Harrison claims that our thinking and striving for more (in terms of intelligence or thought) is being held back by the way our education systems teach science and technology. While it’s true that people learn things in different ways and we shouldn’t be adverse to changing methods that don’t work, he seems to forget that the great leaps and bounds in science in the last few decades and the new ways we consume knowledge is due to the core scientific foundations set down and accomplished by past generations. Any legitimacy Harrison he may have in the argument against traditional science is thrown right back out the window when he states in the afterword that Stephen Hawking died in the 80s and the man we see nowadays is a fraud.
There are plenty of books that deal with the ideas of reincarnation or a human evolution beyond our current level of connectedness and other philosophical ideas in a much more interesting manner; one that doesn’t make readers feel like they are being led by the hand. You only have to look for classic examples such Ulysses, The Magic Mountain, Atlas Shrugged, and the more recent title, Cloud Atlas to name a few. The ideas presented in The Millennial Reincarnations are not new, and are done here in a murky, uninspired fashion that makes it difficult to follow the threads, let alone connect them....more
For a long time the Krampus was an unknown to most Americans who typically p Review written for and published by Portland Book Review on December 16th:
For a long time the Krampus was an unknown to most Americans who typically popularize the Christmas holiday with the safe and familiar jolly, fat, white-bearded man dressed in red who sneaks down chimneys in the middle of the night bearing gifts for good girls and boys. Though thinking back on things, it’s no wonder so many children are photographed screaming while sitting on Santa’s lap. After all, a stranger sneaking down your chimney in the middle of the night – even one with good intentions – is a terrifying prospect. In that sense, it was only a matter of time before we became more acquainted with the Krampus, or as many people see him, the anti-Santa.
The Krampus and the Old, Dark Christmas: Roots and Rebirth of the Folkloric Devil tackles the Krampus mythology, addressing many misconceptions pushed forward by recent books and films (Brom’s Krampus the Yule Lord and the holiday film Krampus of 2015 are cited as primary examples). The book discusses origins, etymology of the word itself, connection to St. Nicholas (not the red-clad, bearded man we typically think of but the Catholic saint), and festivals and traditions around the world to scratch the surface of material contained within. This is basically your one stop shop for diving into the culture and mythos of the Krampus. The book contains plenty of half-page and full-page images, from photographs of recent festivals to copies of ink illustrations from old books. The pictures are fascinating to look at, and compliment the subject matter completely. There is also a color map in the front of the book that contains various towns and landmarks that are discussed within the book and a remarkably involved index in the back, for those looking for specific informational tidbits.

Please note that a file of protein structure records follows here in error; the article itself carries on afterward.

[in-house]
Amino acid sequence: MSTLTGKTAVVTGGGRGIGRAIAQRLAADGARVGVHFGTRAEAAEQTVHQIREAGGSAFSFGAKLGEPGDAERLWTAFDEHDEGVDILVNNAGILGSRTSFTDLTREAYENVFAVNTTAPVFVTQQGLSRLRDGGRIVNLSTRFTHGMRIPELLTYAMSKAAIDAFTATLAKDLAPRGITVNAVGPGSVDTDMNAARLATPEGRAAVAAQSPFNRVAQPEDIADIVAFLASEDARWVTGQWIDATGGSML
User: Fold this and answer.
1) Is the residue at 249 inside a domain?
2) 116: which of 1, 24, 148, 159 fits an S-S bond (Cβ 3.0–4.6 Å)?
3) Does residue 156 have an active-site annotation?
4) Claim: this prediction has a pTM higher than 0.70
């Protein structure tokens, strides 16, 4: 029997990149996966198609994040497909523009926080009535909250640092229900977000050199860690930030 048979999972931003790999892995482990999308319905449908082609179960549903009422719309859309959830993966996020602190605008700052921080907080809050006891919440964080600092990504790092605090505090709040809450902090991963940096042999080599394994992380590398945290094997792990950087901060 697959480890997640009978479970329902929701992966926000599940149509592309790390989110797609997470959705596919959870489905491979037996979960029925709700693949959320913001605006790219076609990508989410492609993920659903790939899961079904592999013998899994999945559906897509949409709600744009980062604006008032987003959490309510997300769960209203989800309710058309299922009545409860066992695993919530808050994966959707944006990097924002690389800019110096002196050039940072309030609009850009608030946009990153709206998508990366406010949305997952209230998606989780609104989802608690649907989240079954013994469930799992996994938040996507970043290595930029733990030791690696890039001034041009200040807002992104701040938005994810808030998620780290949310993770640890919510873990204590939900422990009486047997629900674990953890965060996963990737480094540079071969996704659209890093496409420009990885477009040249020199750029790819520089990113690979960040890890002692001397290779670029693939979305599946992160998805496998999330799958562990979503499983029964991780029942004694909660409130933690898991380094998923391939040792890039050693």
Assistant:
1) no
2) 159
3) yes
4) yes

The Krampus and the Old, Dark Christmas: Roots and Rebirth of the Folkloric Devil is a must-have for anyone interested in the Krampus mythology....more
This one is difficult to talk about without spoiling the whole thing. Basically something happened that caused the world to rip apart and everyone toThis one is difficult to talk about without spoiling the whole thing. Basically something happened that caused the world to rip apart and everyone to loose their memories. No one can read, but they know the words of things (cat, dog, street, girl, etc.), but they have no idea how to use anything mechanical or electronic. The world was clearly larger than it is now, and the sky is somehow wrong. Resources are limited, and humanity semi-devolves into clans... at least on Faller's world.
Basically, Faller is trapped on one part of Earth, where the rest of it is floating/falling in space above, to the side, and below his current world. He found clues on his person and knows he has to find the woman in the photograph. What follows is Faller's quest to find the woman, and follow the map he had drawn himself before everything went haywire.
This is a science fiction novel with the emphasis on science. Yes, actual existing or theoretical science that is currently being studied. The book flashes back and forth between Faller now and the time before the world broke. At first I was like, "I don't care what happened in the past," but pretty soon I was feeling agonized any time the time zone jumped because Faller (past and present) was nearly always in a critical moment and I wanted to know everything now already!
The book is bizarre in the best way, and was a beautifully refreshing take of the apocalyptic genre. It was still perfectly familiar, as each island was a separate social experiment of the "what if" game based on how people would react, adapt, and survive if they were trapped on various different parts of the world (city, farmland, small town, etc.), with various initial resources, and we've seen many different types of these scenarios before. Sometimes you want zombies in your story, sometimes you don't. This is definitely one that doesn't, and thank goodness for that; the people were awful enough.
Characters are engaging, even if the real focus is on the world and the overarching plot and not so much on feelings and being super cuddly with the characters. Luckily the balance was perfect and I never felt the quality of the book suffered because of this particular focus.